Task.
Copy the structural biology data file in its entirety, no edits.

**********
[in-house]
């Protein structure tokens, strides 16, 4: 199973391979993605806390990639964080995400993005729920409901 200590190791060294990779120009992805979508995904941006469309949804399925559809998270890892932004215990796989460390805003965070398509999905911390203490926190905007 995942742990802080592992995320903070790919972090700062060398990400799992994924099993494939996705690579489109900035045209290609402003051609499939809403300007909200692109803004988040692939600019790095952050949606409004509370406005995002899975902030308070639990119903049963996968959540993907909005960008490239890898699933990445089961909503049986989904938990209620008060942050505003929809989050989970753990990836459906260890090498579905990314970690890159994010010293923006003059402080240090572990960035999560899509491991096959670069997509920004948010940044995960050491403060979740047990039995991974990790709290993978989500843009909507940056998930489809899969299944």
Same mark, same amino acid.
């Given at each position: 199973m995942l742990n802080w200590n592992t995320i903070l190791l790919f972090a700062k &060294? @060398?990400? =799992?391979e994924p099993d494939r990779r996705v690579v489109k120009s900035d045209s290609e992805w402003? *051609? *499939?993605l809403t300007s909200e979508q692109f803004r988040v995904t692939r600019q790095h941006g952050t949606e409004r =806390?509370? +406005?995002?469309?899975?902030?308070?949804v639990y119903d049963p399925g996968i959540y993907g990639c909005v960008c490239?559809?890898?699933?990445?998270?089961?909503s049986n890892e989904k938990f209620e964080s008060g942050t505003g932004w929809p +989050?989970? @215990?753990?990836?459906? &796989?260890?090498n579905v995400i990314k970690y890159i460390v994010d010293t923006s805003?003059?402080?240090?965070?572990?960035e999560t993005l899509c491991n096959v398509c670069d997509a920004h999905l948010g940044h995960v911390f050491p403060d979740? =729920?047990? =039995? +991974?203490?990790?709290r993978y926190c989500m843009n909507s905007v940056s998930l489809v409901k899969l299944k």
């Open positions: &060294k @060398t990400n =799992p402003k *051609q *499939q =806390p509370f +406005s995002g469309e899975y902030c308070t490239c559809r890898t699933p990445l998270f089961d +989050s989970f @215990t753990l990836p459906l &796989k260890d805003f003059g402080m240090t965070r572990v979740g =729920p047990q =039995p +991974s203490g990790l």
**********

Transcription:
[in-house]
């Protein structure tokens, strides 16, 4: 199973391979993605806390990639964080995400993005729920409901 200590190791060294990779120009992805979508995904941006469309949804399925559809998270890892932004215990796989460390805003965070398509999905911390203490926190905007 995942742990802080592992995320903070790919972090700062060398990400799992994924099993494939996705690579489109900035045209290609402003051609499939809403300007909200692109803004988040692939600019790095952050949606409004509370406005995002899975902030308070639990119903049963996968959540993907909005960008490239890898699933990445089961909503049986989904938990209620008060942050505003929809989050989970753990990836459906260890090498579905990314970690890159994010010293923006003059402080240090572990960035999560899509491991096959670069997509920004948010940044995960050491403060979740047990039995991974990790709290993978989500843009909507940056998930489809899969299944």
Same mark, same amino acid.
């Given at each position: 199973m995942l742990n802080w200590n592992t995320i903070l190791l790919f972090a700062k &060294? @060398?990400? =799992?391979e994924p099993d494939r990779r996705v690579v489109k120009s900035d045209s290609e992805w402003? *051609? *499939?993605l809403t300007s909200e979508q692109f803004r988040v995904t692939r600019q790095h941006g952050t949606e409004r =806390?509370? +406005?995002?469309?899975?902030?308070?949804v639990y119903d049963p399925g996968i959540y993907g990639c909005v960008c490239?559809?890898?699933?990445?998270?089961?909503s049986n890892e989904k938990f209620e964080s008060g942050t505003g932004w929809p +989050?989970? @215990?753990?990836?459906? &796989?260890?090498n579905v995400i990314k970690y890159i460390v994010d010293t923006s805003?003059?402080?240090?965070?572990?960035e999560t993005l899509c491991n096959v398509c670069d997509a920004h999905l948010g940044h995960v911390f050491p403060d979740? =729920?047990? =039995? +991974?203490?990790?709290r993978y926190c989500m843009n909507s905007v940056s998930l489809v409901k899969l299944k």
């Open positions: &060294k @060398t990400n =799992p402003k *051609q *499939q =806390p509370f +406005s995002g469309e899975y902030c308070t490239c559809r890898t699933p990445l998270f089961d +989050s989970f @215990t753990l990836p459906l &796989k260890d805003f003059g402080m240090t965070r572990v979740g =729920p047990q =039995p +991974s203490g990790l």